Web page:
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Inflation hit the stock markets

“I think I was wrong about inflation,” US Treasury Secretary Janet Yellen recently reported. Yellen, who served as chairman of the Federal Reserve from 2014 to 2018, also provided a rationale: “There have been major unforeseen shocks to the economy that have driven up energy and food prices and shortages. of supplies that is affecting our … the economy, but now we recognize it “.

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Well, it’s nice that Treasury Secretary and his successor as Fed Chairman Jerome Powell believe they can keep inflation in check by the end of this year, but that’s not what most citizens expect. “Do you really think that once the supply chains are back in order, all food companies will lower their price increases? Do you think eggs will become cheaper again? These high prices will remain,” said the “Neue Zürcher Zeitung” quoted by a passer-by in the capital. Indeed, it can no longer be said that the inflation problem in America is temporary, as President Joe Biden and his ministers have always said, but it persists.

Inflation appears to be consolidating on this side of the Atlantic as well. In the EU, the inflation rate increased significantly again in May and reached 8.1%. 7.9 per cent were in Germany. This means that the price increase is as massive as it was at the record level of 1973/74. On Thursday, inflation forecasts were also raised by the European Central Bank. It now predicts an annual inflation rate of 6.8% in 2022 before contracting to 3.5% in 2023.

Now that the European Central Bank (ECB) has finally announced that it will take the issue of inflation seriously in the future, the question is whether inflation can still be tamed in time or is it spiraling out of control. There are enough reasons for this; the most important are the risk of further mutual price escalation in supply chains and the emergence of a wage-price spiral.

Both Biden and top European politicians mainly blame Putin’s “war in Ukraine” and the problems it has caused in the supply chain for huge price hikes, but it’s not that simple. Now the bill is also being paid for the excessively expansionary monetary policy of recent years. No wonder inflation and economic worries accelerated the recent decline in US equity markets on Friday. The leading Dow Jones Industrial Index lost 2.7% to 31,393 points. On a weekly basis, this means less than 4.6%. The market-wide S&P 500 fell 2.9% to 3,901 points on Friday. The high-tech NASDAQ 100 fell 3.6% to 1,833 points. All three indices recorded their largest weekly loss since January.

Politics bypasses citizens’ concerns

Now it’s here, inflation

“After the US inflation rate dropped in April, speculation about the peak has increased,” writes Commerzbank analyst Christoph Balz. With the renewed increase, this has been done. Rather, the details of the latest data showed that inflationary pressures remain far-reaching. Many market participants expect the Fed to raise interest rates by up to 0.75 percentage points at its July meeting.

Among individual stocks, bank stocks recorded particularly significant losses. Investors fear that central banks may move towards an even tighter monetary policy stance in the face of steadily rising inflation, with higher interest rate hikes than previously assumed. Although banks are seen as the beneficiaries of rising interest rates, excessively tight monetary policy can stifle economic growth and slow demand for credit. Goldman Sachs, one of the Dow’s biggest losers, was down 5.7% and JPMorgan down 4.6%.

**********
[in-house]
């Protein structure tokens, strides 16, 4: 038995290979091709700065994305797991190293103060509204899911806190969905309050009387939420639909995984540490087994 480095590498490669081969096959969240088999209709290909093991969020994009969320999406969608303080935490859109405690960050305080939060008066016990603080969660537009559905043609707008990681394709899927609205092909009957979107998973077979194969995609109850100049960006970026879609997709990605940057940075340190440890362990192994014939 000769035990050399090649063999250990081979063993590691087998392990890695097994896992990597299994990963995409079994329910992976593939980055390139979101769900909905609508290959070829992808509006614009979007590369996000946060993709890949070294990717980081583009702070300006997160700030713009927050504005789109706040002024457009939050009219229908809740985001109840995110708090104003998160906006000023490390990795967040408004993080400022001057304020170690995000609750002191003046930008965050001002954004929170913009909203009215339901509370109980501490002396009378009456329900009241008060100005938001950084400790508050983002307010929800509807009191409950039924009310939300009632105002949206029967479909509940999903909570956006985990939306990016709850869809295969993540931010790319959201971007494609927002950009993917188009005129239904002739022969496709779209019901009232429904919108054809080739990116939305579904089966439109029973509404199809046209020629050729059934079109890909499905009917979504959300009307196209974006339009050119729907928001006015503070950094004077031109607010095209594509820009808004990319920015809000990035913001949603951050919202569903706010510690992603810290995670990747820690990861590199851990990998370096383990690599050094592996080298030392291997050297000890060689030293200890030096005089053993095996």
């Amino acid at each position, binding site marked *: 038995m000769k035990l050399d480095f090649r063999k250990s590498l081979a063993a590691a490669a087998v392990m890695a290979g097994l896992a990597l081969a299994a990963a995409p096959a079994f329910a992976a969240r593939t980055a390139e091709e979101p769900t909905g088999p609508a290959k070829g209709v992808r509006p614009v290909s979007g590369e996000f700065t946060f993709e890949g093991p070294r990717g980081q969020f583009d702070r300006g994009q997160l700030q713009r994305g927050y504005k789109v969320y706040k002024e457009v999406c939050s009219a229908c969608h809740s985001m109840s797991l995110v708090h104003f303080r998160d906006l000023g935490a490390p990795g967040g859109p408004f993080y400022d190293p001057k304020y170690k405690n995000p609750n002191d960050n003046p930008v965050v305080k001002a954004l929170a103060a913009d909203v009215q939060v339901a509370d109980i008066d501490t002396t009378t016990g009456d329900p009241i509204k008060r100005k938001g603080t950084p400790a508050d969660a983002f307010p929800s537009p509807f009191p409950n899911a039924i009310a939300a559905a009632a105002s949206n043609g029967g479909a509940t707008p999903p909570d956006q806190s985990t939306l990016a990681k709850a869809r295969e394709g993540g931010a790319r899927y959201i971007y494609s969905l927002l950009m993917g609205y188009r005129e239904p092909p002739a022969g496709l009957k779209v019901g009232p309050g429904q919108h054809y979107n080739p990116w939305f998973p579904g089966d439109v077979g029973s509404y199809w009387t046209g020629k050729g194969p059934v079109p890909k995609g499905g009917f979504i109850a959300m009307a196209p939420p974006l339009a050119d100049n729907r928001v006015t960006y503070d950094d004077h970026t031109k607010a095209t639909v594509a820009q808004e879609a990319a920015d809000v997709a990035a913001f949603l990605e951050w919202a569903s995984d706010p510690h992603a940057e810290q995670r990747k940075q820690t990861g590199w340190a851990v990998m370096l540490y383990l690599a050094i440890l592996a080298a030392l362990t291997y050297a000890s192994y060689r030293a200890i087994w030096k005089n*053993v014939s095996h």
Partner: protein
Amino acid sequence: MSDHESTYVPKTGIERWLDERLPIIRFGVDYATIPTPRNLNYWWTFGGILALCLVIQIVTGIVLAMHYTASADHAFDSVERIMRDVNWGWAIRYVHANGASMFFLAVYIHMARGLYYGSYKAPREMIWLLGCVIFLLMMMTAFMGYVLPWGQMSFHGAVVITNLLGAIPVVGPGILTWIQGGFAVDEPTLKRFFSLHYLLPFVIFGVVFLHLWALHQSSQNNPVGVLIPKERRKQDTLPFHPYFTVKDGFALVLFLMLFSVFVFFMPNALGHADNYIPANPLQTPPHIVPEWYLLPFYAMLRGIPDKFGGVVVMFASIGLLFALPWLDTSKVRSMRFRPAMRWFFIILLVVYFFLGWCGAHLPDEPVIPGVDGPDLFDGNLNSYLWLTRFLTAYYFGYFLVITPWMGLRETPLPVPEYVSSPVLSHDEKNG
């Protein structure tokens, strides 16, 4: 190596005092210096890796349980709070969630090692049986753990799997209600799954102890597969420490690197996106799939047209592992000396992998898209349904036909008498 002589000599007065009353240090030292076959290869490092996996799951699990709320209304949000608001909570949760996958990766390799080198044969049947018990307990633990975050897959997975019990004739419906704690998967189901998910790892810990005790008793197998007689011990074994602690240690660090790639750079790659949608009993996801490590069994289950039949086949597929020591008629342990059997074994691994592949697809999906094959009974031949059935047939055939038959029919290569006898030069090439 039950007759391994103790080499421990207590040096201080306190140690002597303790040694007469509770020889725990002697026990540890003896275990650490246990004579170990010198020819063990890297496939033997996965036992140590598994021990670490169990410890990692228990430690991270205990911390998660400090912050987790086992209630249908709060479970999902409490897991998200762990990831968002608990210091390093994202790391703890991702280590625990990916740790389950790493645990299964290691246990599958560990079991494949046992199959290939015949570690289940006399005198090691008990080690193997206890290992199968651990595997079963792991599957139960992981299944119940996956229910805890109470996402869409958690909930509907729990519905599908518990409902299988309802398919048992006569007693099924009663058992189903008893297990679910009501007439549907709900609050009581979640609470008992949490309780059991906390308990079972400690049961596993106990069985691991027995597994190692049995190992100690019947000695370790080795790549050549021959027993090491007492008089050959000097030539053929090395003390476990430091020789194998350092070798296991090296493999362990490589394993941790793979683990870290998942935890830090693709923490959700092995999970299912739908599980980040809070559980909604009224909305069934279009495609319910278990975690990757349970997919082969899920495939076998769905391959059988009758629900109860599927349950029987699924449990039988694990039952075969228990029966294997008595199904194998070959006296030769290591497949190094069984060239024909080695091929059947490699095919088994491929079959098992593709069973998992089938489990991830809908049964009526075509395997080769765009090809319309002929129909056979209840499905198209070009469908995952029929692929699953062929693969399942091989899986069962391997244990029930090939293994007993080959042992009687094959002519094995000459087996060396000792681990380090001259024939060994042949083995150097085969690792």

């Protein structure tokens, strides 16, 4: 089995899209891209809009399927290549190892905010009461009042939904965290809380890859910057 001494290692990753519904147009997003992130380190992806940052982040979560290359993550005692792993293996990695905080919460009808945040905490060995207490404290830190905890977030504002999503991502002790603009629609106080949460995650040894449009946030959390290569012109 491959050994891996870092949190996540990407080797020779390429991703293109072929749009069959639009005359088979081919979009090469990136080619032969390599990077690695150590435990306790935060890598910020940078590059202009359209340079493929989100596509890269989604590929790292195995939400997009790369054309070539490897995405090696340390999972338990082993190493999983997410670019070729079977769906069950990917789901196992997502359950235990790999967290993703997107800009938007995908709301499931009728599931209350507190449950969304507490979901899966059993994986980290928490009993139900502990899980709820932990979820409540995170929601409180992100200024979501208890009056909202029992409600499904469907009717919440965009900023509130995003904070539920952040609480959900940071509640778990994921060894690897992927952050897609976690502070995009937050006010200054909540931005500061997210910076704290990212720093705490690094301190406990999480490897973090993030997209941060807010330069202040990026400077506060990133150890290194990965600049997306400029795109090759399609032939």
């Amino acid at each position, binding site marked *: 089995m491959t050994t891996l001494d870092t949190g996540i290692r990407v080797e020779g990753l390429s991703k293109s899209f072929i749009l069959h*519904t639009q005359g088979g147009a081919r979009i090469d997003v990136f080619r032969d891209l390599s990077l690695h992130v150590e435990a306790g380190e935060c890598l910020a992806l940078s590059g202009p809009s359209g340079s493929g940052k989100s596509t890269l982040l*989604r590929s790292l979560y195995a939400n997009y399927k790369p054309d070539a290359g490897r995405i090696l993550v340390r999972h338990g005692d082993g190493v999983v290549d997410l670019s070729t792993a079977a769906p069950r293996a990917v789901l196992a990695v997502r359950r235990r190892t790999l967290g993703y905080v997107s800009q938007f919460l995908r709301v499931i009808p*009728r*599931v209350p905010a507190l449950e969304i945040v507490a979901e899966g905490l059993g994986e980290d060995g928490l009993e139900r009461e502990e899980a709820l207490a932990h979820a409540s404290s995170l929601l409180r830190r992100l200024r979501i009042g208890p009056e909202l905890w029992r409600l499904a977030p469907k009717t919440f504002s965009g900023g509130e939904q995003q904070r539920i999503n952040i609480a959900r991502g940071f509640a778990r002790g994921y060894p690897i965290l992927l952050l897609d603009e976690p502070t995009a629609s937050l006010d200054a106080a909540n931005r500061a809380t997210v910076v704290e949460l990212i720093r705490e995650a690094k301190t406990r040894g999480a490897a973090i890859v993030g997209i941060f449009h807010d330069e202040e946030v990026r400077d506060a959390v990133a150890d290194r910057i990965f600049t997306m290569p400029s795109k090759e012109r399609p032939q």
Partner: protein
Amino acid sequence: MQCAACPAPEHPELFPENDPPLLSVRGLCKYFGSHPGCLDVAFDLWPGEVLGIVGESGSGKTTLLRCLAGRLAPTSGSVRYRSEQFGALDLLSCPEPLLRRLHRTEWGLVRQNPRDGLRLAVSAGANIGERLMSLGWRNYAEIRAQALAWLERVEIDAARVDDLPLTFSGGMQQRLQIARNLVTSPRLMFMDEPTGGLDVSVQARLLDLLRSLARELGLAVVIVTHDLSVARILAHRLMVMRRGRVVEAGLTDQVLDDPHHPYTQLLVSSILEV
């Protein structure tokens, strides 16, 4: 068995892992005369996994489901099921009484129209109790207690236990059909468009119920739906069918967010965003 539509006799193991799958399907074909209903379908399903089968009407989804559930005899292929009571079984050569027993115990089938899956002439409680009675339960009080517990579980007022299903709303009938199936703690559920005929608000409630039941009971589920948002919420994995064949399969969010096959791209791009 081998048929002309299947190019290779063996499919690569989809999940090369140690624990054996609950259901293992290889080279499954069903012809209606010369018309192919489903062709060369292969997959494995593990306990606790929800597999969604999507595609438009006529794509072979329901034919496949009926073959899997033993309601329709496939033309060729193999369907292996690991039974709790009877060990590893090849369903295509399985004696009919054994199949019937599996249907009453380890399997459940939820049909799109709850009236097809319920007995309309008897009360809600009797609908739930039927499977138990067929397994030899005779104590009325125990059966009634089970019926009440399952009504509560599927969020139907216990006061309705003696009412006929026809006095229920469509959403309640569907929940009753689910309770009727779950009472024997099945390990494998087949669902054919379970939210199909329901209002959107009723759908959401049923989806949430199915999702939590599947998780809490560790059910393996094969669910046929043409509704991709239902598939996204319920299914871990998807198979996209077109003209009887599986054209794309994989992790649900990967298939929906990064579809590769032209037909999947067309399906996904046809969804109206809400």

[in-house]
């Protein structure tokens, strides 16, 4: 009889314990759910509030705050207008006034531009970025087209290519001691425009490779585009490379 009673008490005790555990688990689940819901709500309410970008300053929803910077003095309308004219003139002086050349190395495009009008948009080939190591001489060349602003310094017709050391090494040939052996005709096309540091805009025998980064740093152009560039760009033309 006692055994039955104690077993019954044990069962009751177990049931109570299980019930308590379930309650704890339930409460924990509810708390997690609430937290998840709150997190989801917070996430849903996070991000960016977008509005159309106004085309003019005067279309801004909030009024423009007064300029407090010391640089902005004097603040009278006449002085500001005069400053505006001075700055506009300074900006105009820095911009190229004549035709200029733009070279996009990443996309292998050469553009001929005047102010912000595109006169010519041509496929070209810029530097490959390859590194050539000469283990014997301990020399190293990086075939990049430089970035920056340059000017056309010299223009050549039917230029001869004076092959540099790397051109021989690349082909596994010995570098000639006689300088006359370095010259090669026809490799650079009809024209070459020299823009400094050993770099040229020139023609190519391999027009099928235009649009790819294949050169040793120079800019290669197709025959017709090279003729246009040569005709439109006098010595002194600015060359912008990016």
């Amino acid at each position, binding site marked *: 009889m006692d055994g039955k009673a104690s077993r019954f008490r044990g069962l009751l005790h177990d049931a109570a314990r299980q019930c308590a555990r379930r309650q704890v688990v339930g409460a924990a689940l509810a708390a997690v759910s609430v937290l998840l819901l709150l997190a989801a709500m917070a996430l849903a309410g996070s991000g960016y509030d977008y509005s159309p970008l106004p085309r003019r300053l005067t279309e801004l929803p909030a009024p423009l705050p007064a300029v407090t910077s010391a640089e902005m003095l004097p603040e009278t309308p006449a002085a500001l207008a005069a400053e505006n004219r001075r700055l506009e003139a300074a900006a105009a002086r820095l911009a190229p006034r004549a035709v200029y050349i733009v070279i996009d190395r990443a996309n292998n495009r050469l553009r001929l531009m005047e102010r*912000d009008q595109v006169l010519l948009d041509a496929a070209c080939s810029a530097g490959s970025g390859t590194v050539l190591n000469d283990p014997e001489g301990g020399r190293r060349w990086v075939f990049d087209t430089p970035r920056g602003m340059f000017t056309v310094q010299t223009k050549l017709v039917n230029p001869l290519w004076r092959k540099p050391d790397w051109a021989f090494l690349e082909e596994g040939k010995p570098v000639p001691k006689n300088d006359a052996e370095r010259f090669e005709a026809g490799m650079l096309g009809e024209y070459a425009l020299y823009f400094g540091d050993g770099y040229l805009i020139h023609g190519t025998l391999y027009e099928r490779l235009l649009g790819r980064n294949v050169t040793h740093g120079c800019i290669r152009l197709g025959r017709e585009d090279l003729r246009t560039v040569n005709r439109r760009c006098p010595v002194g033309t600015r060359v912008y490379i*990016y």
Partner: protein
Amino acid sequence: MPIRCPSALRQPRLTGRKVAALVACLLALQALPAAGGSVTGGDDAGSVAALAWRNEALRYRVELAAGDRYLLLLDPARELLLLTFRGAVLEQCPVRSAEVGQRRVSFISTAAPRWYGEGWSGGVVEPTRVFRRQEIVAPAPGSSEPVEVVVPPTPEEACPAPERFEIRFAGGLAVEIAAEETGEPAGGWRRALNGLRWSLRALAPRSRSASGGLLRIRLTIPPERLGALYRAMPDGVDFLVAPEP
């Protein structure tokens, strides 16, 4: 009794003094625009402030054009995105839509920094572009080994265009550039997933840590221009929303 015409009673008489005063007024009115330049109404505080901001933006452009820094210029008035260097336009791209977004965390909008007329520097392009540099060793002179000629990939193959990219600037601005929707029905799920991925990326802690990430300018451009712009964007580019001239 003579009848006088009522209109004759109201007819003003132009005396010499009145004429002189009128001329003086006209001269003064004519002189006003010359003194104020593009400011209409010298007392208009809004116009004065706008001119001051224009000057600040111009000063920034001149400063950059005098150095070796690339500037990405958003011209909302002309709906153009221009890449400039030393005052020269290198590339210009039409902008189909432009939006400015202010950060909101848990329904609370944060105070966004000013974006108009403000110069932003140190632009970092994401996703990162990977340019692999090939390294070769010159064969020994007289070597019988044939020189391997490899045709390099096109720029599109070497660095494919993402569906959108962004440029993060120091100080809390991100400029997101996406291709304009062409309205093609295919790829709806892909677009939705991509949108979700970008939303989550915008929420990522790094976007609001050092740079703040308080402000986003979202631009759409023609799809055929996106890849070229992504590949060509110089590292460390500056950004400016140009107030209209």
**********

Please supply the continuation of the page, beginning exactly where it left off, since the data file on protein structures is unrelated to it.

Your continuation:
Shares of DocuSign fell nearly a quarter, making it the clear underdog of the Nasdaq 100. The e-signature platform had presented disappointing quarterly figures. The company’s revenue momentum deteriorated again in the first fiscal quarter. Shares of cosmetics maker Revlon plunged 53%, posting the largest one-day percentage loss in its history. Traders have referred to speculation about an impending bankruptcy filing.

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Inflation is dynamite for politics

Prices on the German stock market had already fallen significantly earlier. Experts warned of declining corporate profits, further deterioration in consumer sentiment and, ultimately, the economy sliding into recession. Given these scenarios, the Dax fell below the 14,000 point mark and closed down 3.1% at 13,762 points. It was his fourth consecutive day of losses, so the weekly balance is also very weak at minus 4.8%. The MDAX of midsize stocks lost three percent to 28,767 points.

Concerns for the economy due to high inflation and rising interest rates weighed on bank stocks across Europe. Banks actually benefit from higher interest rates, but it is of little use to them if the economy cools down significantly at the same time. Deutsche Bank shares lost 5.9% at the end of the Dax. Shares of Commerzbank fell 5.6 percent among the weakest values ​​in the MDax. Against the backdrop of the turnaround in eurozone interest rates, property values ​​were also weak. Vonovia lost 3.3% and TAG Immobilien lost 6.3% in the MDax. Instone even slipped 13% including dividend deduction in the SDAX. Knorr-Bremse took off relatively lightly with a drop of 0.8 percent. A new purchase recommendation from Citigroup supported the brake system manufacturer’s shares.

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